Lebanon’s Parliament Extension is a lesser evil
Nov. 06, 2014/ The Daily Star
After completing an initial 17-month extension of Parliament’s mandate, the body again voted Wednesday to extend its term yet again, this time by two years and seven months, but those criticizing the move should consider the alternative.
Democratic systems should be dictated by the electorate, not those in power. But it is simply unfeasible for new elections to be held by Nov. 20 – in terms of the budget required, time to campaign and the lack of a new election law. So on top of a presidential vacuum, the country – beset by a whole host of problems – would also be without a Parliament.
This is not the first time Parliament’s term has been extended – during the Civil War the unstable situation required a pragmatic approach to the situation, rather than rigidly sticking to four-year terms. So too does the chaotic situation now.
The current extension is the lesser of two evils, and hopefully the situation can be smoothed out before the full two years and seven months.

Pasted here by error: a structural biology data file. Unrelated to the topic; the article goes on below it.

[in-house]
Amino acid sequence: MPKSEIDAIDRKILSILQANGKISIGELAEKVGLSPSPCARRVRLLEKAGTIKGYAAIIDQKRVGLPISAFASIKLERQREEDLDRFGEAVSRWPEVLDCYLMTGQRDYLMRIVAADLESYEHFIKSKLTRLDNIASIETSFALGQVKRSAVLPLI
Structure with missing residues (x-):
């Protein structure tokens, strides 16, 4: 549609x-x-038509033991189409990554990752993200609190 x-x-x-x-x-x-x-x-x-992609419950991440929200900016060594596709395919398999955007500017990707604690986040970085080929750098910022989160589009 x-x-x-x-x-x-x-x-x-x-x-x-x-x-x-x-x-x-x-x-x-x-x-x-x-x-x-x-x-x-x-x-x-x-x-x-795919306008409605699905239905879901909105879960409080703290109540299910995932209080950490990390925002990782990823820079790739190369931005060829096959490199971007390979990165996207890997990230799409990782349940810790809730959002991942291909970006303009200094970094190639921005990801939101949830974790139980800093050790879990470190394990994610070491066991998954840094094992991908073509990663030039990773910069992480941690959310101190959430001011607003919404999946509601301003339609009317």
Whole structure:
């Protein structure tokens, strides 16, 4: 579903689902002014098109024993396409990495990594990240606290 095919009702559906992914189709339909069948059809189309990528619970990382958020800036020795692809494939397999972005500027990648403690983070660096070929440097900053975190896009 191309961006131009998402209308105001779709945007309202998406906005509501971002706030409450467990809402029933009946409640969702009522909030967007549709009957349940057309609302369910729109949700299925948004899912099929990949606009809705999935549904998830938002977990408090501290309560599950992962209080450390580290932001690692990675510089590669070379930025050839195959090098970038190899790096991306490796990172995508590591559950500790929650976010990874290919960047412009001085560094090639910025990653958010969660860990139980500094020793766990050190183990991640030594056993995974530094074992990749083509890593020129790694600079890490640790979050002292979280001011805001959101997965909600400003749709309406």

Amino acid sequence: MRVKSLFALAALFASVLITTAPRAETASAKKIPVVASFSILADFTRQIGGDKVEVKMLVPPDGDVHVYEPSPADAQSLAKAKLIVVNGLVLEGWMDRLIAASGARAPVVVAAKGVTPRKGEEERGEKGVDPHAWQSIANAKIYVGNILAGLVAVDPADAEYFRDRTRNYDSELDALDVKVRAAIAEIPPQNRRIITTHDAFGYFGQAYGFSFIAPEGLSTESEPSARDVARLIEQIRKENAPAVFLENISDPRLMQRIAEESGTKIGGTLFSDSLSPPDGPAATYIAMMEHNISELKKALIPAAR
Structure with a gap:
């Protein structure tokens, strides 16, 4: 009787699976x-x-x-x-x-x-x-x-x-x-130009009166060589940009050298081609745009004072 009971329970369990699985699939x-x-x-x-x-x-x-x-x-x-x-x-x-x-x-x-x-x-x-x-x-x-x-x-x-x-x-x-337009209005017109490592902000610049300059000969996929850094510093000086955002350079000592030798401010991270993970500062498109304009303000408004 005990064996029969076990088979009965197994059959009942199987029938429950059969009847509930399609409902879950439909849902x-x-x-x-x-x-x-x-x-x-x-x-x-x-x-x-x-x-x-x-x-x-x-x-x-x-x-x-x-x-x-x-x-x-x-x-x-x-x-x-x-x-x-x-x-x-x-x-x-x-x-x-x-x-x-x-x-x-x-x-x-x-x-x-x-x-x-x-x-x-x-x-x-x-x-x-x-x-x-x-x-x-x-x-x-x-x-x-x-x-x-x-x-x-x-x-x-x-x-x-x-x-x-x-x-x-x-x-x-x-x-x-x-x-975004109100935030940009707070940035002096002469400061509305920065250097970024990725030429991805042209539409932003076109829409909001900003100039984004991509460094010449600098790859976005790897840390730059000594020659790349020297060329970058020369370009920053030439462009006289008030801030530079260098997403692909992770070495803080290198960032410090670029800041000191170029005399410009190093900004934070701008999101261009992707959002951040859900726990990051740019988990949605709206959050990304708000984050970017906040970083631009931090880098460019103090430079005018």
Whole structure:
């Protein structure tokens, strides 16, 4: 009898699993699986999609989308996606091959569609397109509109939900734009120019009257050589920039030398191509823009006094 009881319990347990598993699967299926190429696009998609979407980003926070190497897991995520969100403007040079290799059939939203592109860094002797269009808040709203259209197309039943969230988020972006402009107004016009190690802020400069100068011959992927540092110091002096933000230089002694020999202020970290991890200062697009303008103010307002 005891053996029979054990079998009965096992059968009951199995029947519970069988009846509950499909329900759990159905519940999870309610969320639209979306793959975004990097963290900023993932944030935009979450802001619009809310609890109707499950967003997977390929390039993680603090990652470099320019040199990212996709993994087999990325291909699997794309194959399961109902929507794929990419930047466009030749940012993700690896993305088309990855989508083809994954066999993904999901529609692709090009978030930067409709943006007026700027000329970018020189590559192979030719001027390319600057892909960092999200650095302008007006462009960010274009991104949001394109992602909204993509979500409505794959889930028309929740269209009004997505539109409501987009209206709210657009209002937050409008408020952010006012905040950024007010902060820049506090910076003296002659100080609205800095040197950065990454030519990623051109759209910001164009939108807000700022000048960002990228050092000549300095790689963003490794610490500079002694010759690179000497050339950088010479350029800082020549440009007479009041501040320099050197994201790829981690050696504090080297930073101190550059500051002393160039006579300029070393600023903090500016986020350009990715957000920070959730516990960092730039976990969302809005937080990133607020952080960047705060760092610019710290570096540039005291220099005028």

But for some parties – namely the Free Patriotic Movement – to have boycotted Wednesday’s vote and to be so fiercely critical of the extension is not only disingenuous, it is damaging. All parties knew that an extension was inevitable, for lack of a new election law, and to pretend otherwise is hypocritical.
Were the FPM as genuinely concerned with the situation as they now claim to be, they could have done a lot more to suggest new election laws in the last 17 months. It does no good to simply criticize for the sake of attempting to shore up popularity.
The popularity of Christian parties is at an all time low, and their electorate has been let down by too many broken promises. They are mature enough to know when they are being lied to.